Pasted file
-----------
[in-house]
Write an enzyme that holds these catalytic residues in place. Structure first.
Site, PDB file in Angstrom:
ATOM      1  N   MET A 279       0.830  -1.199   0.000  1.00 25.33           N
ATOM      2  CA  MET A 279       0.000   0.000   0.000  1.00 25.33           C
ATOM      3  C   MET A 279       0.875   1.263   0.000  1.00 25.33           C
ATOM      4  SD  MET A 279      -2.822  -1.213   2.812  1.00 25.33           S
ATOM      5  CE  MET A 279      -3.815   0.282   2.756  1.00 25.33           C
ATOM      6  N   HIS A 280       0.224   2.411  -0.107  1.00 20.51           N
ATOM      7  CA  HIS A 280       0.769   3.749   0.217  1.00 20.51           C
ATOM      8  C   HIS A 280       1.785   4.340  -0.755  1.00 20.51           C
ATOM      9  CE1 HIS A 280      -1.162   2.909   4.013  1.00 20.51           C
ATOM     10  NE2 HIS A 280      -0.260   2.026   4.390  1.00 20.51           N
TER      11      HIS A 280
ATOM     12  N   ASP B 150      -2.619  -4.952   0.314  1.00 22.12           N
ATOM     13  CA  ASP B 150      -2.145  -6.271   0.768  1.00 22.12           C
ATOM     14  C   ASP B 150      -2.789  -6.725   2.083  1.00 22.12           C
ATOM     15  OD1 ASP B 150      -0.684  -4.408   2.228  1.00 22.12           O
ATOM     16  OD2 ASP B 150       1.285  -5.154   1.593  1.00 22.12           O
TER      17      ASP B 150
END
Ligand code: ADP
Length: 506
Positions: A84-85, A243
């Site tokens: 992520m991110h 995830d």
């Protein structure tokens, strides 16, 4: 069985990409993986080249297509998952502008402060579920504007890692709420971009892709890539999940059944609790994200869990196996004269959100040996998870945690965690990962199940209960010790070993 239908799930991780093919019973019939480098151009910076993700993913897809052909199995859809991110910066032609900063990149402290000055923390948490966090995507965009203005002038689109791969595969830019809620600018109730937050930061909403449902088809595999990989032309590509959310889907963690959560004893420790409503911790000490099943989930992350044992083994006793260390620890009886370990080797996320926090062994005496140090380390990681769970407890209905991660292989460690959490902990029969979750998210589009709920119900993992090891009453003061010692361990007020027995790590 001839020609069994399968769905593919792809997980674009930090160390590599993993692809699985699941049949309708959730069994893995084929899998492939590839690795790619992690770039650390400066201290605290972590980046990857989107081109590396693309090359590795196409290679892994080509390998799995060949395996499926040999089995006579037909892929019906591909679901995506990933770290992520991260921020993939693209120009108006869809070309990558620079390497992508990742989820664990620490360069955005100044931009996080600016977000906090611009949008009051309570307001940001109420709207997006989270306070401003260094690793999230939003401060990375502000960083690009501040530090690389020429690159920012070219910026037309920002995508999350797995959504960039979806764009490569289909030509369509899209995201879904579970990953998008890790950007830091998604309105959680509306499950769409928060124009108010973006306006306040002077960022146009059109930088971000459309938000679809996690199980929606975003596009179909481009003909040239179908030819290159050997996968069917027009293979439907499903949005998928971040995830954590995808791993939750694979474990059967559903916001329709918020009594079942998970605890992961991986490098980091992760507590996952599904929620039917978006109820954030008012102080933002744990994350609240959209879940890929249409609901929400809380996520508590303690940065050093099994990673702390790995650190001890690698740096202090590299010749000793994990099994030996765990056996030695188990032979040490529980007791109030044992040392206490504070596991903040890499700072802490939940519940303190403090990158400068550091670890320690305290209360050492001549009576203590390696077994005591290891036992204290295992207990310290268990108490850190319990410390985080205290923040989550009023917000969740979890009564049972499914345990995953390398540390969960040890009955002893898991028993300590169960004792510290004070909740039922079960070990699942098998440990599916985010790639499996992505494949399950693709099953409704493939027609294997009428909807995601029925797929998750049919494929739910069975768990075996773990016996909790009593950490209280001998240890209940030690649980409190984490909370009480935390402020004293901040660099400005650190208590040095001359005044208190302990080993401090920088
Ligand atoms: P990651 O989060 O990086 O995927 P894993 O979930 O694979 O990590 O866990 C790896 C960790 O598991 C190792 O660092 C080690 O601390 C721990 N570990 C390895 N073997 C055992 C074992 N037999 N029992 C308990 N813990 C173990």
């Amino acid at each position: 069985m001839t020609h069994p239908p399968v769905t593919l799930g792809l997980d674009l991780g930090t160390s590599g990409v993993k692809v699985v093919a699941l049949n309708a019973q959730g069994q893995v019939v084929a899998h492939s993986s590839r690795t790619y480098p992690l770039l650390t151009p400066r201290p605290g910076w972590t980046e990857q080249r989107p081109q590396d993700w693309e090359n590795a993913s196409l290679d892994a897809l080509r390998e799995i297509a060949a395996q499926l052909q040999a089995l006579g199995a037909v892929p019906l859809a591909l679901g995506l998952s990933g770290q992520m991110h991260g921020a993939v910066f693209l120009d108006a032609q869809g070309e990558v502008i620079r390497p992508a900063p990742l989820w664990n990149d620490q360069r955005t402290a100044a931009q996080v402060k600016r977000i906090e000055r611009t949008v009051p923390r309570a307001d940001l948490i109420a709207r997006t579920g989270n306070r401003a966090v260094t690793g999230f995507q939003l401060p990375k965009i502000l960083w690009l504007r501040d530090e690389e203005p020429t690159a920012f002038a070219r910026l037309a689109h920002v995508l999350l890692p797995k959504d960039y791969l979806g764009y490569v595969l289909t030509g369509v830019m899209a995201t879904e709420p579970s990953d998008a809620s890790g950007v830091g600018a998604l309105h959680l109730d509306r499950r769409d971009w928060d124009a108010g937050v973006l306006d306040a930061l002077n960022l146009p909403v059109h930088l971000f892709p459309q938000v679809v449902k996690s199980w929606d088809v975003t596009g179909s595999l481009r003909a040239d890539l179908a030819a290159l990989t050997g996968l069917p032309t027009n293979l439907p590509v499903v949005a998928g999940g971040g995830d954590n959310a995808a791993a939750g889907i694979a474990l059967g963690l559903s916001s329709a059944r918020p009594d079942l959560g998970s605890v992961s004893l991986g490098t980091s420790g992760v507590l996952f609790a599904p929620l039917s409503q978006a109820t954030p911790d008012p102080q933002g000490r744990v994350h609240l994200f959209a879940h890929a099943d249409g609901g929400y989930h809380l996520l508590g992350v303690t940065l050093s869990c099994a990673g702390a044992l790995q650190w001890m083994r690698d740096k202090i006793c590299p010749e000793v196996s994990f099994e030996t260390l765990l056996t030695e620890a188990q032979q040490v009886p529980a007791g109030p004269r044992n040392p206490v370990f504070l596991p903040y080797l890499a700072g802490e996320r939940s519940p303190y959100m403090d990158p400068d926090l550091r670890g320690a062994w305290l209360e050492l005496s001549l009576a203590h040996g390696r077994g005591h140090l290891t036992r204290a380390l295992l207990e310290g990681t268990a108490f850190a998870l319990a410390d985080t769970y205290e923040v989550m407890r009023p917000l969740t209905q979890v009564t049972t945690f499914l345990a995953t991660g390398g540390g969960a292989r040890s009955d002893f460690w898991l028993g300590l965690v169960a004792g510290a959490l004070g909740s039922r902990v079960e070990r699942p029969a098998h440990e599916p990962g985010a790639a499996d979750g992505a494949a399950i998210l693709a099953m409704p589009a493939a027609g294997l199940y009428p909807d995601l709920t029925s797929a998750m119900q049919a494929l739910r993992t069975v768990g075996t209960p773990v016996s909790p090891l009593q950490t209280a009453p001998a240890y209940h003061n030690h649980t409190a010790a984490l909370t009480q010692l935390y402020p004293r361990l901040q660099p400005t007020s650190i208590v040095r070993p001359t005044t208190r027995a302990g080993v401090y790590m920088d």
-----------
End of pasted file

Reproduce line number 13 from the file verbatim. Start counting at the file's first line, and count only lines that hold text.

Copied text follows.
ATOM     10  NE2 HIS A 280      -0.260   2.026   4.390  1.00 20.51           N